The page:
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Dioscorides and De Materia Medica - Willows and Opium

Identifier

018069

Type of Spiritual Experience

Background

A description of the experience

From DIOSCORIDES - DE MATERIA MEDICA BEING AN HERBAL WITH MANY OTHER MEDICINAL MATERIALS WRITTEN IN GREEK IN THE FIRST CENTURY OF THE COMMON ERA A NEW INDEXED VERSION IN MODERN ENGLISH BY Tess Anne Osbaldeston and RPA Wood  - Introduction

Painkillers have always dominated healing texts.

Dioscorides wrote of the willow — itea, probably salix species — ‘a decoction of them is an excellent fomentation for ye gout’. In due course this knowledge led German scientists to aspirin. Dioscorides also mentions autumn crocus, another painkiller, warning of its dangers.

The world's best-known painkiller is undoubtedly opium, mentioned in the Ebers Papyrus (an Egyptian medical book dating from about 1550BCE), as well as by Theophrastus. Dioscorides describes harvesting opium — the same method is still used today for collecting the coagulated juice of the poppy heads.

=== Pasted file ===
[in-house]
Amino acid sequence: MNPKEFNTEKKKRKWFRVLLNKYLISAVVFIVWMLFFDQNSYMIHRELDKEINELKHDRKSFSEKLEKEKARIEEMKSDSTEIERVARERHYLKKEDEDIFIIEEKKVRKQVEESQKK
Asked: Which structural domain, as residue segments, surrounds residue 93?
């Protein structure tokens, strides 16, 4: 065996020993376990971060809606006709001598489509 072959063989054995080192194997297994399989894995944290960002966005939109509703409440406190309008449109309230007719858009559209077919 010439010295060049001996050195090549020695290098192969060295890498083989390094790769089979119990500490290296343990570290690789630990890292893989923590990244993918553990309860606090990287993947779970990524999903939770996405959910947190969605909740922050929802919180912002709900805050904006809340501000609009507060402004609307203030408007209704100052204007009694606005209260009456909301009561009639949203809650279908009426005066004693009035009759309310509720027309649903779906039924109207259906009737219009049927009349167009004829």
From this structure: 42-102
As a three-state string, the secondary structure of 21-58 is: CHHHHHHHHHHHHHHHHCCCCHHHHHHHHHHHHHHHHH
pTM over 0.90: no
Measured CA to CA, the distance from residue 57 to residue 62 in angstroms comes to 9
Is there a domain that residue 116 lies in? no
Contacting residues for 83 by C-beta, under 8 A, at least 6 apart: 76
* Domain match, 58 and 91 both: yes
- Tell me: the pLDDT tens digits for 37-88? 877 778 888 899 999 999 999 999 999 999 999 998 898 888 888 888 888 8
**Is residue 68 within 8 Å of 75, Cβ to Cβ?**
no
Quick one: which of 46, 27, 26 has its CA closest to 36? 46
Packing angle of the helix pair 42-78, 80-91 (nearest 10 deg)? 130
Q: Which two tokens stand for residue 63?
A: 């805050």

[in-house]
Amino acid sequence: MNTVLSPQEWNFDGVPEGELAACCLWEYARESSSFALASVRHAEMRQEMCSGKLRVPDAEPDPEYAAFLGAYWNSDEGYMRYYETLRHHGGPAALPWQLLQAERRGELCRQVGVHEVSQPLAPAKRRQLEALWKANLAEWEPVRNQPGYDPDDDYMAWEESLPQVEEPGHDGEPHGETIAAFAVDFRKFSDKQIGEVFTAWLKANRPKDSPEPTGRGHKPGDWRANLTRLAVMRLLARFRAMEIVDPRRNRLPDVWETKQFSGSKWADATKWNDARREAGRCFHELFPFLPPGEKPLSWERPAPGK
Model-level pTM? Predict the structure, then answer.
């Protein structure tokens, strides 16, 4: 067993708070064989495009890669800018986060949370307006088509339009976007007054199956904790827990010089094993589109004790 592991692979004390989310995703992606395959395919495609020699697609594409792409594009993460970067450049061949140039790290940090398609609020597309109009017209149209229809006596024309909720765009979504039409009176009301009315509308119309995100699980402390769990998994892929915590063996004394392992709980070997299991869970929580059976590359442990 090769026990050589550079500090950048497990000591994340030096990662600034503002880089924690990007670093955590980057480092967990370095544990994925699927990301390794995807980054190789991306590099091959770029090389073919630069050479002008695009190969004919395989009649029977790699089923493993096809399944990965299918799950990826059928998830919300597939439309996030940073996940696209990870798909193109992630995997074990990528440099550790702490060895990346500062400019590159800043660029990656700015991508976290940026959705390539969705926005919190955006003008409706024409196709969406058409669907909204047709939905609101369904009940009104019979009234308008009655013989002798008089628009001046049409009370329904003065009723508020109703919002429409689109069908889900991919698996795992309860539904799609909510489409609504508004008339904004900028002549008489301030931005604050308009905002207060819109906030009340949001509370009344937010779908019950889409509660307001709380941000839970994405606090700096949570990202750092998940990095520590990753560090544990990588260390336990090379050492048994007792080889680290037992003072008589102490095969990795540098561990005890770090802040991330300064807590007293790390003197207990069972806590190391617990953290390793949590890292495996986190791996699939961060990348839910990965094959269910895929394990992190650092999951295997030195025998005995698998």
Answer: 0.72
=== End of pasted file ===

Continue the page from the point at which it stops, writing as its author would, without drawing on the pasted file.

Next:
The gummy exudate was called opium by the Greeks, this merely being a word for juice. Although a wonderful painkiller, opium is a dangerous narcotic. Dioscorides warned:

 ‘a little of it, taken as much as a grain of ervum (probably seed of ervil, a vetch), is a pain-easer, and a sleep-causer, and a digester ... but being drank too much it hurts, making men lethargicall, and it kills’.

 

 

The source of the experience

Dioscorides and De Materia Medica

Concepts, symbols and science items

Concepts

Symbols

Science Items

Activities and commonsteps

Activities

Overloads

Extreme pain

Suppressions

Autumn crocus
Opium
White willow

Commonsteps

References